About the artwork and sitter
Margaret Bridgeford’s motto is “Let nature be the doctor”. She is the author of ‘Eat … Think … Heal’, a book revealing her family’s journey from cutting edge industrial farmers to her personal realisation of the direct powerful connection between our soils and our human health. Her formal training includes psychology, business, leadership and vibrational healing.
“I wanted to capture the rich vibrance of her personality and connection to the earth through bold colours and patterns, strong facial features and visibly hard working hands.
Brisbane was our first point of contact with Australia and encapsulates all that is progressive, culturally rich and economically flourishing in Australia. Close friendships in the city, its rich diversity and close proximity ensure connections remain strong.”
About the artist
Gaylene Moor graduated with an honours degree in Fine Art and a Higher Diploma in Education in South Africa in 1990 and immigrated to the Sunshine Coast in 2015. She became an art teacher, and is now solely focussed on her own art . She mostly does portraits and works in oils.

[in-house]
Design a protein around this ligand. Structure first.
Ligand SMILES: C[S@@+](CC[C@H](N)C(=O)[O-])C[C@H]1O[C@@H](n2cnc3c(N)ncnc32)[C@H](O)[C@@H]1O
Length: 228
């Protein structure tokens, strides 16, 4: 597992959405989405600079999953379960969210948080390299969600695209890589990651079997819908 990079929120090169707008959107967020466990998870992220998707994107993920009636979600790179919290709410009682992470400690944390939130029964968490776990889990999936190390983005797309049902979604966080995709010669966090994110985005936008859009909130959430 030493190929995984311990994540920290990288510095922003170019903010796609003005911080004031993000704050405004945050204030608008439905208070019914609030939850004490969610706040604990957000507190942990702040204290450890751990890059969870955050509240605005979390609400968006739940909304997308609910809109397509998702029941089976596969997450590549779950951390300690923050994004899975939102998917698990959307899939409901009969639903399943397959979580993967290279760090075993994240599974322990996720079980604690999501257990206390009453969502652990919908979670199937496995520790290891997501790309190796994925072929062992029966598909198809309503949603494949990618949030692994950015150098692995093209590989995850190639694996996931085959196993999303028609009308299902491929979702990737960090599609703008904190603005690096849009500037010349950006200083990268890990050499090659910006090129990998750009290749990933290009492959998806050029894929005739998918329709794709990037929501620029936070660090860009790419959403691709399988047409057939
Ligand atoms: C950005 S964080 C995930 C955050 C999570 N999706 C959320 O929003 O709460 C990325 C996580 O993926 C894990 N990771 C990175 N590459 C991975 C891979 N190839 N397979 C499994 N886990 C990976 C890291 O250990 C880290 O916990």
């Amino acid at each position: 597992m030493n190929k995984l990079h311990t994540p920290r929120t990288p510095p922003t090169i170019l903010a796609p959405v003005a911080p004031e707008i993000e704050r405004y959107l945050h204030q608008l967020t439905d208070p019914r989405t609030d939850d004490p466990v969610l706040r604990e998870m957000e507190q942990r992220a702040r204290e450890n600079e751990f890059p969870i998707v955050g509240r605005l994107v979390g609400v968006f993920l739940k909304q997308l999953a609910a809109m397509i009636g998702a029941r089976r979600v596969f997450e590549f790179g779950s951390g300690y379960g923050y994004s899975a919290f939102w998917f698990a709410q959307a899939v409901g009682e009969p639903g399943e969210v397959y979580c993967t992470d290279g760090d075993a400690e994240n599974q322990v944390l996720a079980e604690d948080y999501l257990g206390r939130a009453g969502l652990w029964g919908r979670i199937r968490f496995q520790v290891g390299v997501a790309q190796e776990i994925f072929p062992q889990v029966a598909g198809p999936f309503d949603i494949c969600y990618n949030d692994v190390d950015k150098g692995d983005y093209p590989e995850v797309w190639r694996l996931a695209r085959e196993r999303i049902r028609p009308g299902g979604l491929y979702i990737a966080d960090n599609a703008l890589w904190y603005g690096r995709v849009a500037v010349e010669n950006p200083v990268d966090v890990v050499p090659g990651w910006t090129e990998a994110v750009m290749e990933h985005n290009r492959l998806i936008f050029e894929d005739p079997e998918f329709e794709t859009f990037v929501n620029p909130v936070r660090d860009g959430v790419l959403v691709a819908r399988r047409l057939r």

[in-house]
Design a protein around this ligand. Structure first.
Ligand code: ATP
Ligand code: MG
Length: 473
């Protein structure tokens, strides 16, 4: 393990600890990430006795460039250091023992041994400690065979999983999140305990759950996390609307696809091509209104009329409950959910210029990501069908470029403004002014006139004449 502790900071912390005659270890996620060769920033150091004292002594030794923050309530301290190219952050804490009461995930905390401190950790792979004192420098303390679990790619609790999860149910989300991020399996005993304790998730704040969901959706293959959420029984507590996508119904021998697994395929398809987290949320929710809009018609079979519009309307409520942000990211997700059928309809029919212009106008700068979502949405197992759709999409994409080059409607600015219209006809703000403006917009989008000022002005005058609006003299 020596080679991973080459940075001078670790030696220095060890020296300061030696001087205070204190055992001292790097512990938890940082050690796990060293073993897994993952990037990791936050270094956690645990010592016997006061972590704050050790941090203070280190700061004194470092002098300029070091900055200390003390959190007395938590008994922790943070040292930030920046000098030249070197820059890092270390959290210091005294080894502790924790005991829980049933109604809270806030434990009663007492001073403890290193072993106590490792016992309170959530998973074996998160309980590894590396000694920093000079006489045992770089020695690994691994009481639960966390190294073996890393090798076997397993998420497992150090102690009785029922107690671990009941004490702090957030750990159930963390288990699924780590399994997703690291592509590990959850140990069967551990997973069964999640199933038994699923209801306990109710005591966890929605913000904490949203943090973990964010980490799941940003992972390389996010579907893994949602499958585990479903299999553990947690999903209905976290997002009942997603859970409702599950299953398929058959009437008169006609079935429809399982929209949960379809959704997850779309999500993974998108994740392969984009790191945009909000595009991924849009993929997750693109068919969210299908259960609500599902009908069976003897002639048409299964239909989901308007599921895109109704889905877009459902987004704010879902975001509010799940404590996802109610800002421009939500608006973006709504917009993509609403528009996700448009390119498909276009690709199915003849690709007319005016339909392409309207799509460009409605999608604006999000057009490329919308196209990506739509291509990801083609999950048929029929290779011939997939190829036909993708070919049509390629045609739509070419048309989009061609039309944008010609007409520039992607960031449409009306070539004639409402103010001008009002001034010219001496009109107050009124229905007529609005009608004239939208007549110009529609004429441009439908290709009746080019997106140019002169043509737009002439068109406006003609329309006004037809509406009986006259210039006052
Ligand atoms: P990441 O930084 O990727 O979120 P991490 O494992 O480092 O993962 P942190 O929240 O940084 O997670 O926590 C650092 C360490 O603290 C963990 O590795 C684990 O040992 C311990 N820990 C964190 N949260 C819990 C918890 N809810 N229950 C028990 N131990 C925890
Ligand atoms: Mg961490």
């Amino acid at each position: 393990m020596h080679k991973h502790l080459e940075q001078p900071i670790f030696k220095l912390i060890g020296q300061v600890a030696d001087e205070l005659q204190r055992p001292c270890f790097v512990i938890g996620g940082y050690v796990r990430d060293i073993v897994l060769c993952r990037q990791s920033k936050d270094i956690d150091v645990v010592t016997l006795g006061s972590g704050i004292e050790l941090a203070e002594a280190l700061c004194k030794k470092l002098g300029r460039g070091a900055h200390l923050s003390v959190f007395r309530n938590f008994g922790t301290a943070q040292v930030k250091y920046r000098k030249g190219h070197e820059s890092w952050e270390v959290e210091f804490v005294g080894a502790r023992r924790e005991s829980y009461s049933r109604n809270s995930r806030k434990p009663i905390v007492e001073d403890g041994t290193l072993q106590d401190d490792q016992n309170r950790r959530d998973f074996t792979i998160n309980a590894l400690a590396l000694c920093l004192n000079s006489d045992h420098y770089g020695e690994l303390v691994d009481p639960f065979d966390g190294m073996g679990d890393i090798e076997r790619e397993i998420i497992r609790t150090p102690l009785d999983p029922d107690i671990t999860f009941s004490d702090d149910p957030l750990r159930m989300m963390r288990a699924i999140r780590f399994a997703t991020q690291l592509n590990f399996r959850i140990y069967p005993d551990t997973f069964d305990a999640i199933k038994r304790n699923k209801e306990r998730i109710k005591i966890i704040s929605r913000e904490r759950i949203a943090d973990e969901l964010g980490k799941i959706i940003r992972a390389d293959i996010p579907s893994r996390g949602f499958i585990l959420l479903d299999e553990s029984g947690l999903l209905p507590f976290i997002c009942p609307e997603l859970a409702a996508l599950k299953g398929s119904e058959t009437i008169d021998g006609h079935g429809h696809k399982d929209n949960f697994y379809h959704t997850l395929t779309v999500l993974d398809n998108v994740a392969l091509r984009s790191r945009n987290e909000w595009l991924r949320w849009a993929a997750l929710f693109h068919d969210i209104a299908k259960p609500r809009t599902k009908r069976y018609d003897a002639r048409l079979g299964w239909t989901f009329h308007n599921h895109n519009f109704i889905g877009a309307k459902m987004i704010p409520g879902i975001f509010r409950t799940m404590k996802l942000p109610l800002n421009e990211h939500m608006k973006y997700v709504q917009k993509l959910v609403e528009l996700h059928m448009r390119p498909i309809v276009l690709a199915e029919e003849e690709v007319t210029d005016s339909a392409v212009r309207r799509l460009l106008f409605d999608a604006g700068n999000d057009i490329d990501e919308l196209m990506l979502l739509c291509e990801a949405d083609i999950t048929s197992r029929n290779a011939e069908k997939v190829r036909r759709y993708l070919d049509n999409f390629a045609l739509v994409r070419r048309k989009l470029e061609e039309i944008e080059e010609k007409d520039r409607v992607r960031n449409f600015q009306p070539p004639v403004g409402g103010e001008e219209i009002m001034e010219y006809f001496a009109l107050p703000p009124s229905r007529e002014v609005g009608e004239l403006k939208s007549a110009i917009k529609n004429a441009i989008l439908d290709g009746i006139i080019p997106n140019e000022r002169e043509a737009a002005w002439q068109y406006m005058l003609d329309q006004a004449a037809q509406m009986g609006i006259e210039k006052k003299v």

“I used a bright orange primer to increase the warmth and vibrancy of the piece and combined both wet in wet paint techniques with glazing and layering.”
Behind the scenes
This work is the culmination of the past six years in which I returned to the studio and re-engaged in an art journey long neglected. This is the largest portrait I have ever attempted and set it as a personal challenge to explore all that I have learned about myself and my capabilities since immigrating to Australia from South Africa.
I used a bright orange primer to increase the warmth and vibrancy of the piece and combined both wet in wet paint techniques with glazing and layering. My favourite part was painting the blue flowered scatter cushion and the hands which tell a story in themselves. I am honoured to be selected as a finalist in the Brisbane Portrait Prize.